Enjoying Lasting Happiness

The first step to enjoying lasting happiness is to actually understand what it means. When we talk about happiness, we usually mean a state of mind rather than a specific emotion. You may feel sad or angry sometimes, but you still know that other times you feel excited and joyful. It’s similar with happiness—you can […]

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The first step to enjoying lasting happiness is to actually understand what it means. When we talk about happiness, we usually mean a state of mind rather than a specific emotion.

You may feel sad or angry sometimes, but you still know that other times you feel excited and joyful. It’s similar with happiness—you can experience very happy periods in your life, and other times you may experience sadness or anger. What we want is to feel happy as often as possible .

Lasts means it will be a lasting state of mind [not just a feeling] you have [or at least something very similar], not  a temporary  state of mind [feeling],  so you need to focus on something that can trigger [or create]  it [this state of mind]. [You are the source, not the thing that triggers it.]

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The following are some steps which can help you create this habit of enjoying lasting happiness:

1. Connect with what you feel

The first thing you need to do is to identify the actual feeling of happiness.  For example, when you are happy about something, what does it actually feel like? Usually people have a hard time answering this question. This is why they search for the “right” word that describes how they feel (e.g., “I feel joy”), but since happiness is not a single emotion, the word they find may be vague and unhelpful (e.g., “joy” can also mean excitement or pride).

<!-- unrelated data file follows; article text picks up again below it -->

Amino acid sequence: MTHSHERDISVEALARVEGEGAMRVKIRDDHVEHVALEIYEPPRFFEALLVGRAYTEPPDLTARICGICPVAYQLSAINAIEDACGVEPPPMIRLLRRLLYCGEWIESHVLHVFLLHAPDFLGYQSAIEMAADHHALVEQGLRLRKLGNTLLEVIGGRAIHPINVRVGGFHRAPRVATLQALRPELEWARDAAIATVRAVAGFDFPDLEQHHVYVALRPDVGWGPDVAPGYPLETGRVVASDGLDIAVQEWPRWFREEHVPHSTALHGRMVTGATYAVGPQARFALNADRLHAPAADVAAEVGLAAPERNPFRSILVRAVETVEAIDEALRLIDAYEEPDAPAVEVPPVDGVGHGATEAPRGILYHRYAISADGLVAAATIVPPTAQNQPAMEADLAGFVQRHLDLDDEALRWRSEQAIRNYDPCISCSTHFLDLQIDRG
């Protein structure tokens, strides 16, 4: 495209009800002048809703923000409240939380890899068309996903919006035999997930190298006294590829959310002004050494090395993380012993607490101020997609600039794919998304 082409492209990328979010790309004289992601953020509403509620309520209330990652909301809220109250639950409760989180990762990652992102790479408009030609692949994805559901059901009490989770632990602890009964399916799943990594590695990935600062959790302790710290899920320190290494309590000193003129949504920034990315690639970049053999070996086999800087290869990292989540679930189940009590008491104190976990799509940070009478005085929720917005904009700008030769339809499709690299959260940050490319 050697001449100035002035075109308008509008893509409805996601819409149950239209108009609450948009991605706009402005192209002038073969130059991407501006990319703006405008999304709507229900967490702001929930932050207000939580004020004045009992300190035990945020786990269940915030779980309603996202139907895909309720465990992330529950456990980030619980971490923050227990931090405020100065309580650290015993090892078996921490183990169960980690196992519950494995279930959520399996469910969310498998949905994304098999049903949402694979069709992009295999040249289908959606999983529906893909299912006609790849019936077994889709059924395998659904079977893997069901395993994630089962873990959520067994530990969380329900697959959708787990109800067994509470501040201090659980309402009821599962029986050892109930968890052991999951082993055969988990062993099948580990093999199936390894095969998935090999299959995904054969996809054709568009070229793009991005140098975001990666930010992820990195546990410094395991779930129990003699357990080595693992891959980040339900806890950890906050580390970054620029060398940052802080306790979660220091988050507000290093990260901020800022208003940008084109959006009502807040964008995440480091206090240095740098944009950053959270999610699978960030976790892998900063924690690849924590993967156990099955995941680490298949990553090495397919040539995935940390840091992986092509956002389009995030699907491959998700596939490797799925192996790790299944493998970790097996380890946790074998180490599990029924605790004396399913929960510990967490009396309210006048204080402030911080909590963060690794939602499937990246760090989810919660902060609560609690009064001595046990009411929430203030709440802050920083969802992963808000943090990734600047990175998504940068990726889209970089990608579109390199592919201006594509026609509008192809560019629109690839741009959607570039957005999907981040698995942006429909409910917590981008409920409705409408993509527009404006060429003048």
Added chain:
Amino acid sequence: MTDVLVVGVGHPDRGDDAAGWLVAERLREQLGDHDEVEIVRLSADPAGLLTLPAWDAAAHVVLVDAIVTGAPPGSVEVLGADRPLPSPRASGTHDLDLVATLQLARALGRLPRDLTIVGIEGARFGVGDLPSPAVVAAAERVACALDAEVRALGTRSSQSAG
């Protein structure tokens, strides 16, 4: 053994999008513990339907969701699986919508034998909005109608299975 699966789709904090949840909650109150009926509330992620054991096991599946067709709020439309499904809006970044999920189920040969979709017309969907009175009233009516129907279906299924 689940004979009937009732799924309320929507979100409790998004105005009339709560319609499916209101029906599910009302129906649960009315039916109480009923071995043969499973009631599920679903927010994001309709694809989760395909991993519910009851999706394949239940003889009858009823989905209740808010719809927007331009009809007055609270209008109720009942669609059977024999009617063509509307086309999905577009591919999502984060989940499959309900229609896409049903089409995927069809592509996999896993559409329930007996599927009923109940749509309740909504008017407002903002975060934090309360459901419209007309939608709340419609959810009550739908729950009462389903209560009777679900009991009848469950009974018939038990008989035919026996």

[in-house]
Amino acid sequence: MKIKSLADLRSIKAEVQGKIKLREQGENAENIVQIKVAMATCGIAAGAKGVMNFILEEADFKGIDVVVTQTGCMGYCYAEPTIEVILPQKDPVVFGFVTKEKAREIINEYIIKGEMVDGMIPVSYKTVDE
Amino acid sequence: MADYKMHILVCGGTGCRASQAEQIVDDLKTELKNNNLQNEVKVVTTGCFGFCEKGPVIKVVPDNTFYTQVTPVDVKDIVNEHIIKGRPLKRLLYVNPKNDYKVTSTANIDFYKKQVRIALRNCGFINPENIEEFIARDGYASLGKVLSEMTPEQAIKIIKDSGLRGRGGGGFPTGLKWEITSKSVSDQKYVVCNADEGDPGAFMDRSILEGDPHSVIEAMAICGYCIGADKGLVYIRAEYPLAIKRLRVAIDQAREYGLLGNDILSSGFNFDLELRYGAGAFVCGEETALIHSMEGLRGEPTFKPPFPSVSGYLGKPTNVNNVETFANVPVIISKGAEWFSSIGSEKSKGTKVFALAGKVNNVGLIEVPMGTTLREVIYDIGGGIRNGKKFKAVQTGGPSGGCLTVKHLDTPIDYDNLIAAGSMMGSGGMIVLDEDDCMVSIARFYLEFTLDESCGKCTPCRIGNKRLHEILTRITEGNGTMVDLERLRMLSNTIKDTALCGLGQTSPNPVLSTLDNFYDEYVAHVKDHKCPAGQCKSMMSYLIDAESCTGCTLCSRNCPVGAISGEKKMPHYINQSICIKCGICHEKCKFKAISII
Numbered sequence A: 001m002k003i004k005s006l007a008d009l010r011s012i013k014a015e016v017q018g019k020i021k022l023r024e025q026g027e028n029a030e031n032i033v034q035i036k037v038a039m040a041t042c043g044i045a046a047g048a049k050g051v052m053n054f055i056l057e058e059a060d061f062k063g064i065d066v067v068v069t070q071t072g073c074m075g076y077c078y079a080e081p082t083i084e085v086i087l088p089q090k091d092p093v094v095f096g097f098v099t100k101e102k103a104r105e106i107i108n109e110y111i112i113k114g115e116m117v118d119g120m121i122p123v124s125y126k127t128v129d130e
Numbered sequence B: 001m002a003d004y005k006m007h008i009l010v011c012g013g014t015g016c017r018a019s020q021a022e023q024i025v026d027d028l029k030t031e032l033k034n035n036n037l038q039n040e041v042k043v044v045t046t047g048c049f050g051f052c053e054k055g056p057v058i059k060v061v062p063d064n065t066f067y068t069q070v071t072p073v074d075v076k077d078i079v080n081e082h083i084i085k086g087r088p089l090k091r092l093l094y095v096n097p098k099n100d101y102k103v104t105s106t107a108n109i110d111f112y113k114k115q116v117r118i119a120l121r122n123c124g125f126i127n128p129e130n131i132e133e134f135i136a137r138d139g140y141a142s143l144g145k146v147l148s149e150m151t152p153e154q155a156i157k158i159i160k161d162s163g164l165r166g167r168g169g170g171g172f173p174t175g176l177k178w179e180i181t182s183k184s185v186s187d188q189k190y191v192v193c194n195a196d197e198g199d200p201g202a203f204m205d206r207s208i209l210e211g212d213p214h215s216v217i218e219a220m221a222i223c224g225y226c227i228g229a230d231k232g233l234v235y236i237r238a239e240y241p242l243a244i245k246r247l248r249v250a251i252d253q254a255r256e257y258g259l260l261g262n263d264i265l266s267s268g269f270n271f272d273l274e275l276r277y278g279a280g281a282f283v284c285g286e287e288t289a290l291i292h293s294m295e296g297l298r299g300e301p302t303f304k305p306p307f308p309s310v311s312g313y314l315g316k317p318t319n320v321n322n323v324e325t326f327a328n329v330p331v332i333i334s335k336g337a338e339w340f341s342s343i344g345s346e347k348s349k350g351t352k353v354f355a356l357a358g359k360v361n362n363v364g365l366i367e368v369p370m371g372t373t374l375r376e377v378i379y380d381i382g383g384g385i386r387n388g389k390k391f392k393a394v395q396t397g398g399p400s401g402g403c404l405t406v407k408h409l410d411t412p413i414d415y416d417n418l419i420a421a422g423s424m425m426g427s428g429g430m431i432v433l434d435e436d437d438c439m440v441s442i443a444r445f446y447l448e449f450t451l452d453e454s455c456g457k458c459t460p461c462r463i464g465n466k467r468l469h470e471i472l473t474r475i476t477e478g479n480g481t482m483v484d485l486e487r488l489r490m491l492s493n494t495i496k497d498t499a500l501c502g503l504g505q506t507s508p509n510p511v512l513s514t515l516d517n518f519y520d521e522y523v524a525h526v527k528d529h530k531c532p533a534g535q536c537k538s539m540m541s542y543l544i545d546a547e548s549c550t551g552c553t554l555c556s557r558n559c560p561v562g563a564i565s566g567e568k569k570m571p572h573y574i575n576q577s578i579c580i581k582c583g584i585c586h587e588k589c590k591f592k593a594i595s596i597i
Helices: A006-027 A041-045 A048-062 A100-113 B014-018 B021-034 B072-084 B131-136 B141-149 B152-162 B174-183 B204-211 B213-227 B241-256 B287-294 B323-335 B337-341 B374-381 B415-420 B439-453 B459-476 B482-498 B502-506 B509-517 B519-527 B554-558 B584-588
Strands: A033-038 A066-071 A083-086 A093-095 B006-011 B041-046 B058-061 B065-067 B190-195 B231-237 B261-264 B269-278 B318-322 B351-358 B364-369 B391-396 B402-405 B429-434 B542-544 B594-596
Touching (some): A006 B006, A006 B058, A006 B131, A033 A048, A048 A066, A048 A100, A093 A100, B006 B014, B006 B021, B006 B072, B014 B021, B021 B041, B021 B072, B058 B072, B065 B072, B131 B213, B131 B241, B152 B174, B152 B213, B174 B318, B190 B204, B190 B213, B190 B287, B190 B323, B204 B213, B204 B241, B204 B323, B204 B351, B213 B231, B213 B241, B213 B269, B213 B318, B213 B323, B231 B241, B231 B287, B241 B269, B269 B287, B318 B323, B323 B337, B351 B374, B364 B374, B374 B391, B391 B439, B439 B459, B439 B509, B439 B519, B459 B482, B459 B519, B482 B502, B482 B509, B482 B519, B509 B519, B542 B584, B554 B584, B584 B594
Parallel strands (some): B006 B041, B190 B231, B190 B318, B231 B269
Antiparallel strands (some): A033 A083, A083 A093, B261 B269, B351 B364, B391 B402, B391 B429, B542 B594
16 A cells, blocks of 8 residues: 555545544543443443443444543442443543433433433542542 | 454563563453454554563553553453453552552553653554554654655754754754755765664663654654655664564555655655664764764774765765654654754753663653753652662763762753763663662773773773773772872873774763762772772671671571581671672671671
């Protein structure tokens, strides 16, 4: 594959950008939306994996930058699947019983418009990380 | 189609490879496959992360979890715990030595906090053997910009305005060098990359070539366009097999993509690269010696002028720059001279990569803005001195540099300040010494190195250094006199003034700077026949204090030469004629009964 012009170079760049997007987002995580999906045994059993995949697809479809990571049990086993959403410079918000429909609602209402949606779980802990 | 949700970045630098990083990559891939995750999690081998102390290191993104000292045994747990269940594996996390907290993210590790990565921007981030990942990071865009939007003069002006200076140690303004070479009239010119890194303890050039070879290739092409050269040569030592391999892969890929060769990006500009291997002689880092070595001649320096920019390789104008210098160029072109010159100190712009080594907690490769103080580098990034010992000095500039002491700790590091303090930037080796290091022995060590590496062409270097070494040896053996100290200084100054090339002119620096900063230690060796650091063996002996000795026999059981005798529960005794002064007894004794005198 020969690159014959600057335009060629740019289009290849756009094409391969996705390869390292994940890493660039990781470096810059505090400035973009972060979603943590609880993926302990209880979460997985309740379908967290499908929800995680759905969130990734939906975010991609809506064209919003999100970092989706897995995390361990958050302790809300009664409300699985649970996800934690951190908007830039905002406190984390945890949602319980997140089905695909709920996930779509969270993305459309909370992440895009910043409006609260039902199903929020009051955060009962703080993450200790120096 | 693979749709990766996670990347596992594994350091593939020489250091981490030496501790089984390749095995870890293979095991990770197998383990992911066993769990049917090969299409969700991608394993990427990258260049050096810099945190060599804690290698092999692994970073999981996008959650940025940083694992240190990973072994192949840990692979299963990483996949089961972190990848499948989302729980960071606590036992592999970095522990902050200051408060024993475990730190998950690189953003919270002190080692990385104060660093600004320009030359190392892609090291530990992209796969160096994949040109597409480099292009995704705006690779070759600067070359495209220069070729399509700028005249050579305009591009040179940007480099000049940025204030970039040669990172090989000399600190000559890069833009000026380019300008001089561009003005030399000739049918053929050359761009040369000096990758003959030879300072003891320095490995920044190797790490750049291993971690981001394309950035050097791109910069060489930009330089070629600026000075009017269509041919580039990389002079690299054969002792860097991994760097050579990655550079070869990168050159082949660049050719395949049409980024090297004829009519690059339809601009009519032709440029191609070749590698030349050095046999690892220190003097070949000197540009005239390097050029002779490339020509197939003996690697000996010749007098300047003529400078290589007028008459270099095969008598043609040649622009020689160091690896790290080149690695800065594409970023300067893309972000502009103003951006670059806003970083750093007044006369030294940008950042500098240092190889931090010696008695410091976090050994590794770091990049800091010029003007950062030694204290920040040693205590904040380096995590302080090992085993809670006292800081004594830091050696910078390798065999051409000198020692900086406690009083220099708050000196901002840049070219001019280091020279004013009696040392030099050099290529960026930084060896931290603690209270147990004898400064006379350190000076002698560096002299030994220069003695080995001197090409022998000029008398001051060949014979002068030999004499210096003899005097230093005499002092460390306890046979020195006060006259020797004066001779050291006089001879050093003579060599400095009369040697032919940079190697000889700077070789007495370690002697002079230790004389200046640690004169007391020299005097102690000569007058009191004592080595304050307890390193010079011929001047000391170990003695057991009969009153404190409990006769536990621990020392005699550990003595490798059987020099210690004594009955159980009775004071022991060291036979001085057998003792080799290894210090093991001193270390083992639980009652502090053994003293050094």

Instead of trying to describe how you feel, it’s much better to identify the feeling at its core. Instead of saying “I feel happy,” try to say “I feel excited.” Then you can go deeper and find out what exactly it is that makes you feel excited.

For example, when people get a promotion at work, what they usually feel is nervousness. They are unsure about how well they will handle their new responsibilities, which causes them anxiety. The feeling of excitement comes from the realization that they are actually capable of doing this job well, which makes them feel confident about their abilities.

2. Connect with what you need

When you focus only on the feeling of happiness, it’s easy to forget what led to it in the first place. Even if you could replicate the same situations that triggered your happiness in the past, it’s highly unlikely that they will have the same effect on you in the future.  This is because when you already know what triggers your happiness , you don’t really need to feel happy anymore (e.g., getting a promotion doesn’t make you nervous anymore).

Instead of focusing on how they make us feel, we need to think about what they actually provide for us in order to be happy (e.g., a sense of accomplishment). Therefore, when you experience the feeling of happiness in the future, make sure that it is still relevant and appropriate .  If not, then you will only feel frustrated instead of being truly satisfied with your life.

3. Disconnect from what you don’t need

Keeping the connections from the previous two steps in mind, identify what your idea of happiness is and what it isn’t . Most people have an unrealistic view of happiness because they only think about the moments that made them happy in the past without thinking about all the difficulties they had to go through in order to get it.

This is why you need to disconnect from all the things that don’t contribute directly to your idea of happiness . If you have a hard time doing this, try asking yourself what extra benefits or harmful consequences these things bring into your life and whether they are actually worth the effort for having them.

4. Create a specific action plan

Identify what you need to do in order to stay happy and write it down . For example, if connecting with your idea of happiness requires you meet up with certain people on a regular basis, then make plans to actually do this (e.g., schedule the meeting). If disconnecting from what doesn’t contribute means that you should put in less effort with some people, then think about how you can do that (e.g., tell them that you’re busy).

It’s important to realize that lasting happiness is not something that will happen immediately because of one thing that triggers it inside you (e.g., getting a big sum of money or someone confessing his love for you). If this were the case, then all you would need to do is replicate that same one single action in order to feel happy again and again.

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